Games with frontiers

The popular board game “Puerto Rico,” dating to 2002, features sophisticated rules and heavily rewards skill, not chance, as players attempt to create 19th-century economic growth on the island. Many people have found it compelling but haven’t delved into its implications.

“I played that game without thinking about it too much,” says Mikael Jakobsson, a lecturer in MIT’s Comparative Media Studies/Writing Program and research coordinator in the MIT Game Lab.

Then Jakobsson started thinking about it a little more. “Puerto Rico” is set during the period of Spanish colonial rule, and players are trying to build up plantations. Brown disks, representing labor, arrive on ships from overseas, in a place where slavery was not banned until 1873. Players ship all their plantation products overseas. Upon further review, many of the game’s elements seem problematic.

“The bigger picture is, you’re playing [the role of] colonizing slave owners competing to be the most efficient in terms of exploiting the island and sending all the resources back to Europe,” Jakobsson says. “When you take a step back and look at what you’re doing, it’s pretty abhorrent.”

Taking another step back, as enjoyable as this pastime is — “I love board games,” says Jakobsson — many games merit closer scrutiny. Now Jakobsson and Mary Flanagan, a professor at Dartmouth College, explore the subject in a new book, “Playing Oppression: The Legacy of Conquest and Empire in Colonialist Board Games,” just published by the MIT Press. In it, they delve into the history of board games, and analyze the assumptions baked into many of them — the things we often ignore.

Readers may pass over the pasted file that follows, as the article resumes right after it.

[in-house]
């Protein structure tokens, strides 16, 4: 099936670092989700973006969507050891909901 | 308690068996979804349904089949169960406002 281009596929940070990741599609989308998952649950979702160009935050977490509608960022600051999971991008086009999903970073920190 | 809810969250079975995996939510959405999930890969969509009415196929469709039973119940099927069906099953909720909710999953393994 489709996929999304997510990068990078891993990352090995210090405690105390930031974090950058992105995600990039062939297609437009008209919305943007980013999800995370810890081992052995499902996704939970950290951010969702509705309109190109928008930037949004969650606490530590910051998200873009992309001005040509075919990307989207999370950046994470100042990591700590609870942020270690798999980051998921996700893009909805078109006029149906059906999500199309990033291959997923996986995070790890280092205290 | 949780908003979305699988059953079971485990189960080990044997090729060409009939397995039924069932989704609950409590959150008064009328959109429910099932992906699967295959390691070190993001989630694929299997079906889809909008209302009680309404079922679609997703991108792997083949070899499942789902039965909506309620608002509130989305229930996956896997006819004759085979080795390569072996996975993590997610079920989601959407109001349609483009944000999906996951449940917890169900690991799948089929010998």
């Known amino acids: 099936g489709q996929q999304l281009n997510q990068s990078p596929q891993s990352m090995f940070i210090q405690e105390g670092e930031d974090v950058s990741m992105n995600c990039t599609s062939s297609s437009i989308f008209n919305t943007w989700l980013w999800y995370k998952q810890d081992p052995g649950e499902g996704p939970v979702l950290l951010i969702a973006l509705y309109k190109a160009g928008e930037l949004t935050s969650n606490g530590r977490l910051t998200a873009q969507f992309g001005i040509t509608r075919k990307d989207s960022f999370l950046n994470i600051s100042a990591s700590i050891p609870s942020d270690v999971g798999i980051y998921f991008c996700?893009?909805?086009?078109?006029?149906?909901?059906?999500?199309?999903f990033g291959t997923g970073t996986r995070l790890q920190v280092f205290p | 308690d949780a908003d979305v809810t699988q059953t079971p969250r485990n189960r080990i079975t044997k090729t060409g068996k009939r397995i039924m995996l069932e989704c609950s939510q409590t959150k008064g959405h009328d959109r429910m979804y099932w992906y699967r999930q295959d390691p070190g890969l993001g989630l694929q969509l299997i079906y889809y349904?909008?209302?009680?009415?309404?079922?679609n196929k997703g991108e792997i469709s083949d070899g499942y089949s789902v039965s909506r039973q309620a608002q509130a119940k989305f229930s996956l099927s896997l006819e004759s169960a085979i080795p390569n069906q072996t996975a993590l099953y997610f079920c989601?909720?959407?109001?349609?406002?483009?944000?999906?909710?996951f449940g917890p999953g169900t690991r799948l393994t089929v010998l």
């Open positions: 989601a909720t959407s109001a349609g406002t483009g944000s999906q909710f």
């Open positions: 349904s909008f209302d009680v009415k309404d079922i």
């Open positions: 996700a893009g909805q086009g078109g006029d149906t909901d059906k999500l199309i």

Playing along

Games may be games, but they are no trifling matter commercially. Global annual revenues of the board game market have been forecast to hit $13 billion in 2026. And board games have actually gotten more popular in the digital age. Most come from Europe, with many, including “Puerto Rico,” being designed in Germany.

Many board games are also a source of fond memories for people, going back to childhood — which can make it hard for us to think analytically about them.

“These games are made to be played by families, so it’s something your parents bring you into, [and you think] there couldn’t possibly be anything wrong,” Jakobsson says. “We let our guard down when we play, and stop thinking critically or analytically about content.”